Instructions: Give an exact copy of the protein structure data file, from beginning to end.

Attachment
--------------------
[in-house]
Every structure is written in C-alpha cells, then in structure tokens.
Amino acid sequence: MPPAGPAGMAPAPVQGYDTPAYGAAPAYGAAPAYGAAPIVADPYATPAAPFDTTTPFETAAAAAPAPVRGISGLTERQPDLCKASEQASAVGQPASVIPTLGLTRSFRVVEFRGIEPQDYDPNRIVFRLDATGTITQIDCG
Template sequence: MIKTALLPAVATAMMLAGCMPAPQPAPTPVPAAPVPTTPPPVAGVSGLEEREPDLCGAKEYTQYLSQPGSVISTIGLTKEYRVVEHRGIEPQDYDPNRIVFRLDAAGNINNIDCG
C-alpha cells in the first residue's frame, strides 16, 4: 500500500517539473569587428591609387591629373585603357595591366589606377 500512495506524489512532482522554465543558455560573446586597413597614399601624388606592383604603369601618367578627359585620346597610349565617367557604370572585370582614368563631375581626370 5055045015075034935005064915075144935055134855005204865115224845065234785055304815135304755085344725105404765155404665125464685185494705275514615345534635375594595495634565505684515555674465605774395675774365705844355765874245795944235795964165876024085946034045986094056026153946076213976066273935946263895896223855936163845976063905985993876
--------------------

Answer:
[in-house]
Every structure is written in C-alpha cells, then in structure tokens.
Amino acid sequence: MPPAGPAGMAPAPVQGYDTPAYGAAPAYGAAPAYGAAPIVADPYATPAAPFDTTTPFETAAAAAPAPVRGISGLTERQPDLCKASEQASAVGQPASVIPTLGLTRSFRVVEFRGIEPQDYDPNRIVFRLDATGTITQIDCG
Template sequence: MIKTALLPAVATAMMLAGCMPAPQPAPTPVPAAPVPTTPPPVAGVSGLEEREPDLCGAKEYTQYLSQPGSVISTIGLTKEYRVVEHRGIEPQDYDPNRIVFRLDAAGNINNIDCG
C-alpha cells in the first residue's frame, strides 16, 4: 500500500517539473569587428591609387591629373585603357595591366589606377 500512495506524489512532482522554465543558455560573446586597413597614399601624388606592383604603369601618367578627359585620346597610349565617367557604370572585370582614368563631375581626370 5055045015075034935005064915075144935055134855005204865115224845065234785055304815135304755085344725105404765155404665125464685185494705275514615345534635375594595495634565505684515555674465605774395675774365705844355765874245795944235795964165876024085946034045986094056026153946076213976066273935946263895896223855936163845976063905985993876